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5. Why do my windows cost more to clean than my neighbours?
Often a person will look at the neighbour’s house and ask why their own windows cost more to clean. Unless you live in a townhouse, it’s very rare that any two homes will have the exact same windows. Varying sizes and placements of windows automatically require our staff to “adjust” their ladders, cleaning products, and/or the technique used to clean, and thus change the amount of time required, and price, for the individual job. What you also may not see is the type of windows. Are they true divided windows, and exactly how many windows does each house have?
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6. What if it rains?
Should the skies open up on the day we are scheduled to work at your house, we will still want to come. A light drizzle does not affect the job. However, if it is raining hard enough to hit the windows our efforts to provide the best in window cleaning will be compromised. Another consideration is the safety of our crew. On rainy days, a wet wood deck or cedar roof becomes very slippery, consequently, JEM will reschedule to another day at your convenience.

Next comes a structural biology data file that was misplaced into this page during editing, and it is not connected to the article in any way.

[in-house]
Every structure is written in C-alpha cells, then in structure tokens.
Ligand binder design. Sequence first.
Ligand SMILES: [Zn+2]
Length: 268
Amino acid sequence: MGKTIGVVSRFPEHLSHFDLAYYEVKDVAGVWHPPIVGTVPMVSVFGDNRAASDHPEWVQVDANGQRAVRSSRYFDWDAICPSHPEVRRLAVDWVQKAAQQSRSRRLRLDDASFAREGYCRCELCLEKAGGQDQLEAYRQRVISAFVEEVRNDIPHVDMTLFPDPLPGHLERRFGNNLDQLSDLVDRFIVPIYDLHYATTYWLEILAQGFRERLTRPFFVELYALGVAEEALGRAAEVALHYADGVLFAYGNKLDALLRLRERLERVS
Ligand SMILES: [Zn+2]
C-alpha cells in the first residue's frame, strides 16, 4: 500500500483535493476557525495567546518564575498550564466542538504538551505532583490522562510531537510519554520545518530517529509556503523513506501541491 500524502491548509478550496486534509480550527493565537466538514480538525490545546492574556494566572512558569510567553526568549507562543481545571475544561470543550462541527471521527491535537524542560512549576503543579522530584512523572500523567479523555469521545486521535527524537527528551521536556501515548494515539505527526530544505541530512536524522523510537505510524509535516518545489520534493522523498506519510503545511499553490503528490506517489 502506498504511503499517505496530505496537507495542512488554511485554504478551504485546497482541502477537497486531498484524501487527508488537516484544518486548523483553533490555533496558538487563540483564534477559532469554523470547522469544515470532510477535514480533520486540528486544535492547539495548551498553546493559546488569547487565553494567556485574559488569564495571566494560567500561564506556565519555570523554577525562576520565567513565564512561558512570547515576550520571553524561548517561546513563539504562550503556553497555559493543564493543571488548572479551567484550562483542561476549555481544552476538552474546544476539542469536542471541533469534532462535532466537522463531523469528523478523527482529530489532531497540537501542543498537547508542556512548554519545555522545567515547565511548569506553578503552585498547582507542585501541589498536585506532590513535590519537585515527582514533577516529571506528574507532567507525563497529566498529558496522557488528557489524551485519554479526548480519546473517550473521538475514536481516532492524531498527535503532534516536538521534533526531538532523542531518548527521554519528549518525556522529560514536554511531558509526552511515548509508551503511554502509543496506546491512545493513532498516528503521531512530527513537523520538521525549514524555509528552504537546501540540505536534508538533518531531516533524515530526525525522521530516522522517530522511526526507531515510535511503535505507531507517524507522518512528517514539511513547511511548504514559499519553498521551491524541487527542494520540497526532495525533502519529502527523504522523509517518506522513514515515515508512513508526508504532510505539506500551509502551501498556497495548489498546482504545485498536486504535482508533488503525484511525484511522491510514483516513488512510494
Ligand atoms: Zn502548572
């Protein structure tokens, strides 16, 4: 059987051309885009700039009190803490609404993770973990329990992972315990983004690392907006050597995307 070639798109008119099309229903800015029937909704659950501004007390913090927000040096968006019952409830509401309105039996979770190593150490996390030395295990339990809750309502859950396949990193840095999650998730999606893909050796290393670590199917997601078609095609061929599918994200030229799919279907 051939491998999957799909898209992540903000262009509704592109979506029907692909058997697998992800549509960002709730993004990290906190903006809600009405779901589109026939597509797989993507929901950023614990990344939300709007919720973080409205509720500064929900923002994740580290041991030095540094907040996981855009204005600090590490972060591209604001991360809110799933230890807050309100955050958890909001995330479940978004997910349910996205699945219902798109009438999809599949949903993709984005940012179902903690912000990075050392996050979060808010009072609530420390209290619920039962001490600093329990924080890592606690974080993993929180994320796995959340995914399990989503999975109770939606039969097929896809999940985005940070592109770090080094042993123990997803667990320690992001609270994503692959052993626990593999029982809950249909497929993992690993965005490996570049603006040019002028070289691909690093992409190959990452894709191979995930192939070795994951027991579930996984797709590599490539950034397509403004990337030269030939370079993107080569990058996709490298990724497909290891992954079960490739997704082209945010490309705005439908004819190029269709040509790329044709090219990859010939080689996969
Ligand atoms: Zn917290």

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7. How often should I have my windows cleaned?
Did you know that in Toronto, freshly cleaned windows will develop a dirty haze from blowing dirt and pollution in only one to three months. Many Toronto business owners with storefront windows schedule weekly cleaning to combat this haze. JEM customers have their windows cleaned monthly, bi-monthly (every other month), quarterly, bi-yearly (Spring and Fall), or annually in the Spring. Many add on cleaning for special occasions like Christmas, or a wedding.